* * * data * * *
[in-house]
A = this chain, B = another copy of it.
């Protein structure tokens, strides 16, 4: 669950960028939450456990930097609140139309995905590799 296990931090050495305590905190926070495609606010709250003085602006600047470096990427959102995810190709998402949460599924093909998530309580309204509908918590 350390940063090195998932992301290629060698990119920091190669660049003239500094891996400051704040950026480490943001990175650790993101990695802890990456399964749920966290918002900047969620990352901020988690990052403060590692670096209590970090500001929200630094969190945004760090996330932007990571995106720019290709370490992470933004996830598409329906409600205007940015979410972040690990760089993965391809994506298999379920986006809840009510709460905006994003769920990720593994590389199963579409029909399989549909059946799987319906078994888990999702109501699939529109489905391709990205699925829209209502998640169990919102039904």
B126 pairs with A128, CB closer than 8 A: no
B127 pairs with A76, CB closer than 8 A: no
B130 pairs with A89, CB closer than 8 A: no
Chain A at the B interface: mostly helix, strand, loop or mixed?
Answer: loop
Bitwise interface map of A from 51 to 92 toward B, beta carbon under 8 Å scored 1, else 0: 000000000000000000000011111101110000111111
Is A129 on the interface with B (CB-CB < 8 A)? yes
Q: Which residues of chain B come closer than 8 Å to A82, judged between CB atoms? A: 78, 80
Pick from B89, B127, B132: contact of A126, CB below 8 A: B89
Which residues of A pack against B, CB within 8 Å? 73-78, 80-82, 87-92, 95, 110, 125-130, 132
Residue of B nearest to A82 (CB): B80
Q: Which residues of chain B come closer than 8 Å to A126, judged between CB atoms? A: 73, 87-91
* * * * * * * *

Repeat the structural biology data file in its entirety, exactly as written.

[in-house]
A = this chain, B = another copy of it.
């Protein structure tokens, strides 16, 4: 669950960028939450456990930097609140139309995905590799 296990931090050495305590905190926070495609606010709250003085602006600047470096990427959102995810190709998402949460599924093909998530309580309204509908918590 350390940063090195998932992301290629060698990119920091190669660049003239500094891996400051704040950026480490943001990175650790993101990695802890990456399964749920966290918002900047969620990352901020988690990052403060590692670096209590970090500001929200630094969190945004760090996330932007990571995106720019290709370490992470933004996830598409329906409600205007940015979410972040690990760089993965391809994506298999379920986006809840009510709460905006994003769920990720593994590389199963579409029909399989549909059946799987319906078994888990999702109501699939529109489905391709990205699925829209209502998640169990919102039904």
B126 pairs with A128, CB closer than 8 A: no
B127 pairs with A76, CB closer than 8 A: no
B130 pairs with A89, CB closer than 8 A: no
Chain A at the B interface: mostly helix, strand, loop or mixed?
Answer: loop
Bitwise interface map of A from 51 to 92 toward B, beta carbon under 8 Å scored 1, else 0: 000000000000000000000011111101110000111111
Is A129 on the interface with B (CB-CB < 8 A)? yes
Q: Which residues of chain B come closer than 8 Å to A82, judged between CB atoms? A: 78, 80
Pick from B89, B127, B132: contact of A126, CB below 8 A: B89
Which residues of A pack against B, CB within 8 Å? 73-78, 80-82, 87-92, 95, 110, 125-130, 132
Residue of B nearest to A82 (CB): B80
Q: Which residues of chain B come closer than 8 Å to A126, judged between CB atoms? A: 73, 87-91